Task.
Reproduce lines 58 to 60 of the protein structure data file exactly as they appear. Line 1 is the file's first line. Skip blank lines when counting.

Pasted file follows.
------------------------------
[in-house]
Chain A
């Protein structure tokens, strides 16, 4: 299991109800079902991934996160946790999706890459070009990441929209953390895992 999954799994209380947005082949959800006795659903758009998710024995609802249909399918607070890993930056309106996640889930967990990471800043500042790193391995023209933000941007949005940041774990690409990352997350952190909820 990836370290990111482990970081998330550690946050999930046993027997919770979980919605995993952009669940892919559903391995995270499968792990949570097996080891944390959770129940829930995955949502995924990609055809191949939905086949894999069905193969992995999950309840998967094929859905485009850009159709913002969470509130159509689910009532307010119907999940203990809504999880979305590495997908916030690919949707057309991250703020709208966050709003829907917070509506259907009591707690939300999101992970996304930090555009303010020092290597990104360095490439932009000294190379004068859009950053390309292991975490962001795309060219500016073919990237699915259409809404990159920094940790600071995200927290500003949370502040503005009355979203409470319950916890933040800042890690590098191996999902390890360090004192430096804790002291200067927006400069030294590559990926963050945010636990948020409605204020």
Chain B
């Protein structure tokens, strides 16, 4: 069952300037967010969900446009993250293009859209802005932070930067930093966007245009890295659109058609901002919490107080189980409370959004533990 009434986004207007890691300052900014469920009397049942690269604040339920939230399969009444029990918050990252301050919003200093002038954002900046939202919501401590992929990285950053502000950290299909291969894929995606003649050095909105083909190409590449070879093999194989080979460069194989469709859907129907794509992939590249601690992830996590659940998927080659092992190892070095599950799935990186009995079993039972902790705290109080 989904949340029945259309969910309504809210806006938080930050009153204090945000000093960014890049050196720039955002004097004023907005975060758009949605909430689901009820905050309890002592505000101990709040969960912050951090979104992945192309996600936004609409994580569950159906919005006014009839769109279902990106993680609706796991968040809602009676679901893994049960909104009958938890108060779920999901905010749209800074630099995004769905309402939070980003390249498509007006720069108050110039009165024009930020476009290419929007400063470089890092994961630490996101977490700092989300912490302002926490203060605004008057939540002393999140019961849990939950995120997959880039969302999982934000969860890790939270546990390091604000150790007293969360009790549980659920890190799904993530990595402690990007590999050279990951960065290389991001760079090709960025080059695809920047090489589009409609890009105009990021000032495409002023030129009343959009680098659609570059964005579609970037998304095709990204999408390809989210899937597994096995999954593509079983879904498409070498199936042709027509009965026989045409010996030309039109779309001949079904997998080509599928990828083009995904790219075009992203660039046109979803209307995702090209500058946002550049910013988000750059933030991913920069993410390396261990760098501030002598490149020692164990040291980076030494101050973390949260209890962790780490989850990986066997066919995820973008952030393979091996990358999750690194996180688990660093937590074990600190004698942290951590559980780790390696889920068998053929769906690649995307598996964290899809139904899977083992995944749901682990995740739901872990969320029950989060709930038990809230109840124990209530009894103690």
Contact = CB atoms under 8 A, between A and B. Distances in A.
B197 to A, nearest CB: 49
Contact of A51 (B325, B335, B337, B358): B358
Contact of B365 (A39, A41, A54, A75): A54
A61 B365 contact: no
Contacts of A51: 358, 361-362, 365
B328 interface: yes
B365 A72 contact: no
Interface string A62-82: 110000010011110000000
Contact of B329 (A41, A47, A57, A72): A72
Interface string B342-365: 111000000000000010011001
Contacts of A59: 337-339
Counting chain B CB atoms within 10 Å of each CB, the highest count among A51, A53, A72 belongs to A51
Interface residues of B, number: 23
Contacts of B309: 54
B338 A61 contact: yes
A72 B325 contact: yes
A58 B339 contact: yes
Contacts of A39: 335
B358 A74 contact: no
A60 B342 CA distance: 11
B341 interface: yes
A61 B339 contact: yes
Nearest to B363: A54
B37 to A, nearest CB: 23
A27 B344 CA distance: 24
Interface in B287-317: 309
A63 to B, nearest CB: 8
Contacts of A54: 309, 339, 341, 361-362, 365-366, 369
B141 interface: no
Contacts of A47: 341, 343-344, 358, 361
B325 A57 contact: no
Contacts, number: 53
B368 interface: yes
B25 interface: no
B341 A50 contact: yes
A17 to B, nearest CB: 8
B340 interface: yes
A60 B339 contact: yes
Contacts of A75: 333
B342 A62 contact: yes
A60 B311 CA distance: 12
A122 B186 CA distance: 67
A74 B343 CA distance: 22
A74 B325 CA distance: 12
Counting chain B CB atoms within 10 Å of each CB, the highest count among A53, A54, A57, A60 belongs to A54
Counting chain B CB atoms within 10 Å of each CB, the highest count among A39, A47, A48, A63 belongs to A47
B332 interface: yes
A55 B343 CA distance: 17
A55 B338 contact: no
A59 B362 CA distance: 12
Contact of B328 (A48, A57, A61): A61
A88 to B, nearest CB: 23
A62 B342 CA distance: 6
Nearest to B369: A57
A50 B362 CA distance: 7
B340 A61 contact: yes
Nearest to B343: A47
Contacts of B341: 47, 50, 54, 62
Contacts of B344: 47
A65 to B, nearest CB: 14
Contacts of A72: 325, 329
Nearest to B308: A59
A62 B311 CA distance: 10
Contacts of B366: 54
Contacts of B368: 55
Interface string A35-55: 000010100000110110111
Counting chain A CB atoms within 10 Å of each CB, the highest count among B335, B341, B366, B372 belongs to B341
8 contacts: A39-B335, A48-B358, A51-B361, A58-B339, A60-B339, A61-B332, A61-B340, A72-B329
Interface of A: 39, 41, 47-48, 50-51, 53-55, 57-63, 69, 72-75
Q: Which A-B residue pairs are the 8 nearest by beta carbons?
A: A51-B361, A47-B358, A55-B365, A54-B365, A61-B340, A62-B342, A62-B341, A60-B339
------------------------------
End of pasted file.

A88 to B, nearest CB: 23
A62 B342 CA distance: 6
Nearest to B369: A57